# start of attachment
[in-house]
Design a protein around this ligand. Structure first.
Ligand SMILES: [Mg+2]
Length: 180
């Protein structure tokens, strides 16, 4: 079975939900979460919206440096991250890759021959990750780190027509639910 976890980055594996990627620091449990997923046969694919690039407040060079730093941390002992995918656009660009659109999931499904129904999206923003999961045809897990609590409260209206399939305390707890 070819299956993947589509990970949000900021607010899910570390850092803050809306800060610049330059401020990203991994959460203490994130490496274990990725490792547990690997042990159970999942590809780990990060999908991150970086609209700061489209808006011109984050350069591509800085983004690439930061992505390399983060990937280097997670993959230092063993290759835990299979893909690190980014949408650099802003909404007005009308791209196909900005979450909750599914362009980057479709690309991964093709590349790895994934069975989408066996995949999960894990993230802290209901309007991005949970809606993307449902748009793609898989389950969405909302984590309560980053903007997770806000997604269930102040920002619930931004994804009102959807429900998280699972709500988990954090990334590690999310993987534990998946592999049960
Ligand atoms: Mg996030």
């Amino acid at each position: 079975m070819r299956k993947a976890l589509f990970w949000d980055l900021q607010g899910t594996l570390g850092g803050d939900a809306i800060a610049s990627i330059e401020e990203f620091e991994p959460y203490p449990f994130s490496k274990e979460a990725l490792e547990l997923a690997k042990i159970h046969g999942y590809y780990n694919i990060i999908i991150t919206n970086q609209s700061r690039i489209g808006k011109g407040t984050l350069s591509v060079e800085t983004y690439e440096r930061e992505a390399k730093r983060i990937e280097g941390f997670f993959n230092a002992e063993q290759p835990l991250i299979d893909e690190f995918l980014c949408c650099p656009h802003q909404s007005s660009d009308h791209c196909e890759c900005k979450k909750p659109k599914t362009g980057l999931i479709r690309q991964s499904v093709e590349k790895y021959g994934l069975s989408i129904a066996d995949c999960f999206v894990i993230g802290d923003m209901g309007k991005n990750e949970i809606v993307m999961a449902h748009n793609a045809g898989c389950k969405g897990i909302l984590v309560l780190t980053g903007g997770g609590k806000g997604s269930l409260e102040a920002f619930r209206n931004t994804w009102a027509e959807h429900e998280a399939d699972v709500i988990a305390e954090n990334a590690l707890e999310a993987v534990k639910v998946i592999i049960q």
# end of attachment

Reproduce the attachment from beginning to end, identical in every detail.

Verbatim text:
[in-house]
Design a protein around this ligand. Structure first.
Ligand SMILES: [Mg+2]
Length: 180
């Protein structure tokens, strides 16, 4: 079975939900979460919206440096991250890759021959990750780190027509639910 976890980055594996990627620091449990997923046969694919690039407040060079730093941390002992995918656009660009659109999931499904129904999206923003999961045809897990609590409260209206399939305390707890 070819299956993947589509990970949000900021607010899910570390850092803050809306800060610049330059401020990203991994959460203490994130490496274990990725490792547990690997042990159970999942590809780990990060999908991150970086609209700061489209808006011109984050350069591509800085983004690439930061992505390399983060990937280097997670993959230092063993290759835990299979893909690190980014949408650099802003909404007005009308791209196909900005979450909750599914362009980057479709690309991964093709590349790895994934069975989408066996995949999960894990993230802290209901309007991005949970809606993307449902748009793609898989389950969405909302984590309560980053903007997770806000997604269930102040920002619930931004994804009102959807429900998280699972709500988990954090990334590690999310993987534990998946592999049960
Ligand atoms: Mg996030």
């Amino acid at each position: 079975m070819r299956k993947a976890l589509f990970w949000d980055l900021q607010g899910t594996l570390g850092g803050d939900a809306i800060a610049s990627i330059e401020e990203f620091e991994p959460y203490p449990f994130s490496k274990e979460a990725l490792e547990l997923a690997k042990i159970h046969g999942y590809y780990n694919i990060i999908i991150t919206n970086q609209s700061r690039i489209g808006k011109g407040t984050l350069s591509v060079e800085t983004y690439e440096r930061e992505a390399k730093r983060i990937e280097g941390f997670f993959n230092a002992e063993q290759p835990l991250i299979d893909e690190f995918l980014c949408c650099p656009h802003q909404s007005s660009d009308h791209c196909e890759c900005k979450k909750p659109k599914t362009g980057l999931i479709r690309q991964s499904v093709e590349k790895y021959g994934l069975s989408i129904a066996d995949c999960f999206v894990i993230g802290d923003m209901g309007k991005n990750e949970i809606v993307m999961a449902h748009n793609a045809g898989c389950k969405g897990i909302l984590v309560l780190t980053g903007g997770g609590k806000g997604s269930l409260e102040a920002f619930r209206n931004t994804w009102a027509e959807h429900e998280a399939d699972v709500i988990a305390e954090n990334a590690l707890e999310a993987v534990k639910v998946i592999i049960q």